Aging wine overnight?
Remember the old TV commercials of the1970s in which a burly, bearded Orson Welles would intone in a most dignified voice, "We will sell no wine before its time"?
Like most Americans, I wasn't enough of a wine geek in those early days to have any idea that the California wine brand that Welles was hawking - Paul Masson - was a cheap, industrial beverage that neither required nor would benefit from cellar time. But that didn't stop us from yelling "It's time!" and pulling out the cork.
The problem of table wines that really aren't quite ready to drink, however, is a real one, and it remains with us in this age of much broader wine knowledge and, in my experience, a far broader range of possibilities on wine shop shelves.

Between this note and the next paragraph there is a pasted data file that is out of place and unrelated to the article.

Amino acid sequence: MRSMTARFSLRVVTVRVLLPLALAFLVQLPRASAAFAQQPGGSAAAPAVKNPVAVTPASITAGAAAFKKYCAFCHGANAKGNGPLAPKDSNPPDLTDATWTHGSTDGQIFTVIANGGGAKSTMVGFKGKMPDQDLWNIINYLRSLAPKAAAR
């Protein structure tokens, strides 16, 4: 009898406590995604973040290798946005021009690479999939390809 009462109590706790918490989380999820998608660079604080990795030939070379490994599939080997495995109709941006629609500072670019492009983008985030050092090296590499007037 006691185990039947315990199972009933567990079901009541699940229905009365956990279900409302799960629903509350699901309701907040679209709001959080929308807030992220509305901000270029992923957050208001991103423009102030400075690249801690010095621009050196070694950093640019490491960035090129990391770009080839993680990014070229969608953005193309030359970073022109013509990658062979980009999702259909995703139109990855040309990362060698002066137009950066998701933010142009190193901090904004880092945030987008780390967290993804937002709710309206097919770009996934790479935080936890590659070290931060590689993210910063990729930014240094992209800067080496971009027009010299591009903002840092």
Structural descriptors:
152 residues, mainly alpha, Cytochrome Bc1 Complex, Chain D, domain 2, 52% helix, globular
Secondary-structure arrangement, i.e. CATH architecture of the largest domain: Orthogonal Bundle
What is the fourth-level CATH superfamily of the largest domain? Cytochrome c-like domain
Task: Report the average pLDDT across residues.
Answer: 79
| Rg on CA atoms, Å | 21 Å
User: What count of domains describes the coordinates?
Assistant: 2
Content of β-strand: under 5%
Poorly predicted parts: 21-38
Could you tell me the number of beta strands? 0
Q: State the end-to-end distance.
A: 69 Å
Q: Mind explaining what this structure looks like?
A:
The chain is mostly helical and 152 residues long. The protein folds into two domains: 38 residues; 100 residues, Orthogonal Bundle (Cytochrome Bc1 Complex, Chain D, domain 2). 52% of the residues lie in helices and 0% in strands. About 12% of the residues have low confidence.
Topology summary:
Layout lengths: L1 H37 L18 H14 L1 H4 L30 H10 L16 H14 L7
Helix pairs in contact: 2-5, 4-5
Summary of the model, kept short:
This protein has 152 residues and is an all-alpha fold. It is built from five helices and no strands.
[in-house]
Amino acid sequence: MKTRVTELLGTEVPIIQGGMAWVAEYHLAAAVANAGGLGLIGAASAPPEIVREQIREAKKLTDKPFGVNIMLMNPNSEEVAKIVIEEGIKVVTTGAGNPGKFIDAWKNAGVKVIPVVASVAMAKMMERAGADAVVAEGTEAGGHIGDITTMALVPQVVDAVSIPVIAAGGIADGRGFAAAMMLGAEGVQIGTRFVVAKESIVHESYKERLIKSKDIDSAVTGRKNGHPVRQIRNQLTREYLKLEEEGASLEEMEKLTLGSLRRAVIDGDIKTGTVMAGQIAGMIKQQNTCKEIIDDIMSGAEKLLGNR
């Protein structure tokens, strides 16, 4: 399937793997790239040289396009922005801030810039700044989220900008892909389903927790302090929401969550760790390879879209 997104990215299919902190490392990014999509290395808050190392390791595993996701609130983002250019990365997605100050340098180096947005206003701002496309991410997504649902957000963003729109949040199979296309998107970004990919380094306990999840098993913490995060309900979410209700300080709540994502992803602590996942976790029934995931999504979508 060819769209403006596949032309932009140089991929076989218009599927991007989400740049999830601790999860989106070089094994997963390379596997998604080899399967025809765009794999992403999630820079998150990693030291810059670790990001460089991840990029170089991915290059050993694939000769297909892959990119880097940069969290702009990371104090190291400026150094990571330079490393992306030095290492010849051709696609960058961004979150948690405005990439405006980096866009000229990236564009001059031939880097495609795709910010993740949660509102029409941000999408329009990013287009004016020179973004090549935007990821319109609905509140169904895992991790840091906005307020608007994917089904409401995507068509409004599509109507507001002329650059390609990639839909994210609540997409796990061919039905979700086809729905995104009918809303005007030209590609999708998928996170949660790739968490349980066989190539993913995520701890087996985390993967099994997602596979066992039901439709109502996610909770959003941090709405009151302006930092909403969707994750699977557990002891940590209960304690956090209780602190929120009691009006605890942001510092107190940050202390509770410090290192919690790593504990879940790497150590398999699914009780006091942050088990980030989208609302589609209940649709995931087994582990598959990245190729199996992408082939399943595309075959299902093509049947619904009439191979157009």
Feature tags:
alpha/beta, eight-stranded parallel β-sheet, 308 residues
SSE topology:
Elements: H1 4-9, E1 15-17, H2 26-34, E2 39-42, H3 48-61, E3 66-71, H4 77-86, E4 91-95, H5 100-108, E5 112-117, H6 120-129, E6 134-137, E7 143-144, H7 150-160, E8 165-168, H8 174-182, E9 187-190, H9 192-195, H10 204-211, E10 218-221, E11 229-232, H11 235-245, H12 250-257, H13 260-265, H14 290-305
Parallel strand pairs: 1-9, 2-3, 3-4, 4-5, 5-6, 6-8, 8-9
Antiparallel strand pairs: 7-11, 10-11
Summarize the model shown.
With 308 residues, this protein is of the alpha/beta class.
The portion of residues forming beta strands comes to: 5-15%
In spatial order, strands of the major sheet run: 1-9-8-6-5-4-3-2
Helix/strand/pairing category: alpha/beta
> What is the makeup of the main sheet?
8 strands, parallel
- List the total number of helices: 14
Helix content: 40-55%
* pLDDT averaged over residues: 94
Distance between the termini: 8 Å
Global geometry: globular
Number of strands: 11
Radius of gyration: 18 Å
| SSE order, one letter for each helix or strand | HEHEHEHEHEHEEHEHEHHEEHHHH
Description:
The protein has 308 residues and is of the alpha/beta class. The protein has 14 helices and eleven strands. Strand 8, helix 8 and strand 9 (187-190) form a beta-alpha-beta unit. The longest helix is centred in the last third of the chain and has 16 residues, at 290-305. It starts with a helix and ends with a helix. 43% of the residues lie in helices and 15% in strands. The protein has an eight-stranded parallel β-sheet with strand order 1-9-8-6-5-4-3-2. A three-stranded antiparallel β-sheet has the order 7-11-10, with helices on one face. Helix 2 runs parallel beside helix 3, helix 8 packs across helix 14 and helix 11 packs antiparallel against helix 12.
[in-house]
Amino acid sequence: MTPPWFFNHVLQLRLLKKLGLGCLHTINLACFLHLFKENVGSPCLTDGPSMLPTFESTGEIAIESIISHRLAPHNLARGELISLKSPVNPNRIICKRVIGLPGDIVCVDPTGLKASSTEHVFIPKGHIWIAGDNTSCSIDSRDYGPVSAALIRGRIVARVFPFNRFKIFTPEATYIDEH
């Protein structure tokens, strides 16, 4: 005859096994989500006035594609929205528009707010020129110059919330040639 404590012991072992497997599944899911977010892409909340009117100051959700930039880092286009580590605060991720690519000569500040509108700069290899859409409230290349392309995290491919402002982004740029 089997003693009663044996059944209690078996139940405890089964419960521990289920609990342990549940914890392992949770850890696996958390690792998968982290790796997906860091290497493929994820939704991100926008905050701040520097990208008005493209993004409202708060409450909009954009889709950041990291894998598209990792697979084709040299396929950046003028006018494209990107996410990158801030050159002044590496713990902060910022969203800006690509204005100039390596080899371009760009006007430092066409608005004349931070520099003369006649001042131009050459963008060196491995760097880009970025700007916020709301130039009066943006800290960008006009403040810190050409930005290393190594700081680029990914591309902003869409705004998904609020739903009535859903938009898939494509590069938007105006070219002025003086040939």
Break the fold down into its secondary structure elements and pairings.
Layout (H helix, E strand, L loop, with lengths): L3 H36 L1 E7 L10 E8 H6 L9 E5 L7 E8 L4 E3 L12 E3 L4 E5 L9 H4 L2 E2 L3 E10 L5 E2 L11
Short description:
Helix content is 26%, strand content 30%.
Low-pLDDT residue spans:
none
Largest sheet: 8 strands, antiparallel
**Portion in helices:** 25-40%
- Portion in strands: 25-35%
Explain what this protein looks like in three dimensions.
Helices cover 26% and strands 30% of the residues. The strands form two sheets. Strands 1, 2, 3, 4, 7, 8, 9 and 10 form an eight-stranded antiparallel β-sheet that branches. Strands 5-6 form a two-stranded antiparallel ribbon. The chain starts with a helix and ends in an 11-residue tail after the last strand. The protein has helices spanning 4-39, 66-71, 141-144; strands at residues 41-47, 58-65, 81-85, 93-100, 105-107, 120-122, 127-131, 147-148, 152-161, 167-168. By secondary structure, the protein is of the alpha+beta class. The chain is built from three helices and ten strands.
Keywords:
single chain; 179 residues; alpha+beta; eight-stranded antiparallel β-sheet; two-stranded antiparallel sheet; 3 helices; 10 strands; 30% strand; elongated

While many, many wines, including most "industrial" brands that make up the lion's share of all wines sold, are ready to drink the day we buy them, and won't gain a thing from further aging. Toss them on the wine rack for a year or three, and they'll eventually fade, lose their fruit and eventually turn into a brownish, stinky fluid that won't poison you if you drink it, but won't please you either.
But when we come to the artisanal, interesting, hand-made and small-production wines that I believe fascinate most readers of this column, we run into a whole 'nother story.
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